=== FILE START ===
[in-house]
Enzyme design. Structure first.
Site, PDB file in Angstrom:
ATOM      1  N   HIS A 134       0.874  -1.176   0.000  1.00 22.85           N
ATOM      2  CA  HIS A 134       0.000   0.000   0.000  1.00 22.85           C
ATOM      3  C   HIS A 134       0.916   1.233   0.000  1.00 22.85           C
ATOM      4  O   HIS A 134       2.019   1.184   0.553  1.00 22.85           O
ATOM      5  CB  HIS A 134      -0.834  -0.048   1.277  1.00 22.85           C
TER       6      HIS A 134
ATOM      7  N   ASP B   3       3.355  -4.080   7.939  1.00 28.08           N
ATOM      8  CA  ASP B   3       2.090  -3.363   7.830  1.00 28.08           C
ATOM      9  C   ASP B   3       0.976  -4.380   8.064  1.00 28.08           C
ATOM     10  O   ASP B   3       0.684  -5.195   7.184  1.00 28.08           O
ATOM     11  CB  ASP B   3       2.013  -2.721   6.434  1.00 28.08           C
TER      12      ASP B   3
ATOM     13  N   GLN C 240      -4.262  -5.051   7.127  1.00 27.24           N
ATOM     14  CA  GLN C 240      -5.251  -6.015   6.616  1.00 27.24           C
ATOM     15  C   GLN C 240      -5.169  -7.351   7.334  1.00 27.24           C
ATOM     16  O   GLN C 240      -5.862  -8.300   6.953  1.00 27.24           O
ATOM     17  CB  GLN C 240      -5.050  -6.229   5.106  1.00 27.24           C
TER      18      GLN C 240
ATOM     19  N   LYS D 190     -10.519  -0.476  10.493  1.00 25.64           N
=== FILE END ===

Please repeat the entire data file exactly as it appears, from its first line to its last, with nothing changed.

[in-house]
Enzyme design. Structure first.
Site, PDB file in Angstrom:
ATOM      1  N   HIS A 134       0.874  -1.176   0.000  1.00 22.85           N
ATOM      2  CA  HIS A 134       0.000   0.000   0.000  1.00 22.85           C
ATOM      3  C   HIS A 134       0.916   1.233   0.000  1.00 22.85           C
ATOM      4  O   HIS A 134       2.019   1.184   0.553  1.00 22.85           O
ATOM      5  CB  HIS A 134      -0.834  -0.048   1.277  1.00 22.85           C
TER       6      HIS A 134
ATOM      7  N   ASP B   3       3.355  -4.080   7.939  1.00 28.08           N
ATOM      8  CA  ASP B   3       2.090  -3.363   7.830  1.00 28.08           C
ATOM      9  C   ASP B   3       0.976  -4.380   8.064  1.00 28.08           C
ATOM     10  O   ASP B   3       0.684  -5.195   7.184  1.00 28.08           O
ATOM     11  CB  ASP B   3       2.013  -2.721   6.434  1.00 28.08           C
TER      12      ASP B   3
ATOM     13  N   GLN C 240      -4.262  -5.051   7.127  1.00 27.24           N
ATOM     14  CA  GLN C 240      -5.251  -6.015   6.616  1.00 27.24           C
ATOM     15  C   GLN C 240      -5.169  -7.351   7.334  1.00 27.24           C
ATOM     16  O   GLN C 240      -5.862  -8.300   6.953  1.00 27.24           O
ATOM     17  CB  GLN C 240      -5.050  -6.229   5.106  1.00 27.24           C
TER      18      GLN C 240
ATOM     19  N   LYS D 190     -10.519  -0.476  10.493  1.00 25.64           N